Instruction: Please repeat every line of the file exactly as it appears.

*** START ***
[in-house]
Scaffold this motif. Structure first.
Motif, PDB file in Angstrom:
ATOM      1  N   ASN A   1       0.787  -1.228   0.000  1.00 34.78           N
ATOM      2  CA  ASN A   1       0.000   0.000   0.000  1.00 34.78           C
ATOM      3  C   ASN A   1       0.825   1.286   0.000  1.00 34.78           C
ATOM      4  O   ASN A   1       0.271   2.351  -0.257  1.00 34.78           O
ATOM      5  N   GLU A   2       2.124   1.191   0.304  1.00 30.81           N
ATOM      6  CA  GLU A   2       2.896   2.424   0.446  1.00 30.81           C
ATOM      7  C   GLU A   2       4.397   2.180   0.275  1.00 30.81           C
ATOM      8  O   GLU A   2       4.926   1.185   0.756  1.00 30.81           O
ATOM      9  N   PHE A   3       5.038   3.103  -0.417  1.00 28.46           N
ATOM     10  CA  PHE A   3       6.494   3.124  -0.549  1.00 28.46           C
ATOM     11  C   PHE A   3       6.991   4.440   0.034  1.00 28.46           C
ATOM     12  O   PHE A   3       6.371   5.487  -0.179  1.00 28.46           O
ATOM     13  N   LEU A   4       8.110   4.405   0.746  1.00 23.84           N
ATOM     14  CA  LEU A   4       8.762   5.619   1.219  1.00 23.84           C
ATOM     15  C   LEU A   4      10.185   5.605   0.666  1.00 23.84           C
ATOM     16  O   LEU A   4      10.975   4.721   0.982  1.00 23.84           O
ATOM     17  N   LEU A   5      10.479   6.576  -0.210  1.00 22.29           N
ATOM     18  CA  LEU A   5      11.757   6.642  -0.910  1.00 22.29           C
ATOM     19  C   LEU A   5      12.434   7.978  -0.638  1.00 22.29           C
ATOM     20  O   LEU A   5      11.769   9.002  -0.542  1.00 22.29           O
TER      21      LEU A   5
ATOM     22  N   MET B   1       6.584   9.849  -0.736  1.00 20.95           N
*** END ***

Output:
[in-house]
Scaffold this motif. Structure first.
Motif, PDB file in Angstrom:
ATOM      1  N   ASN A   1       0.787  -1.228   0.000  1.00 34.78           N
ATOM      2  CA  ASN A   1       0.000   0.000   0.000  1.00 34.78           C
ATOM      3  C   ASN A   1       0.825   1.286   0.000  1.00 34.78           C
ATOM      4  O   ASN A   1       0.271   2.351  -0.257  1.00 34.78           O
ATOM      5  N   GLU A   2       2.124   1.191   0.304  1.00 30.81           N
ATOM      6  CA  GLU A   2       2.896   2.424   0.446  1.00 30.81           C
ATOM      7  C   GLU A   2       4.397   2.180   0.275  1.00 30.81           C
ATOM      8  O   GLU A   2       4.926   1.185   0.756  1.00 30.81           O
ATOM      9  N   PHE A   3       5.038   3.103  -0.417  1.00 28.46           N
ATOM     10  CA  PHE A   3       6.494   3.124  -0.549  1.00 28.46           C
ATOM     11  C   PHE A   3       6.991   4.440   0.034  1.00 28.46           C
ATOM     12  O   PHE A   3       6.371   5.487  -0.179  1.00 28.46           O
ATOM     13  N   LEU A   4       8.110   4.405   0.746  1.00 23.84           N
ATOM     14  CA  LEU A   4       8.762   5.619   1.219  1.00 23.84           C
ATOM     15  C   LEU A   4      10.185   5.605   0.666  1.00 23.84           C
ATOM     16  O   LEU A   4      10.975   4.721   0.982  1.00 23.84           O
ATOM     17  N   LEU A   5      10.479   6.576  -0.210  1.00 22.29           N
ATOM     18  CA  LEU A   5      11.757   6.642  -0.910  1.00 22.29           C
ATOM     19  C   LEU A   5      12.434   7.978  -0.638  1.00 22.29           C
ATOM     20  O   LEU A   5      11.769   9.002  -0.542  1.00 22.29           O
TER      21      LEU A   5
ATOM     22  N   MET B   1       6.584   9.849  -0.736  1.00 20.95           N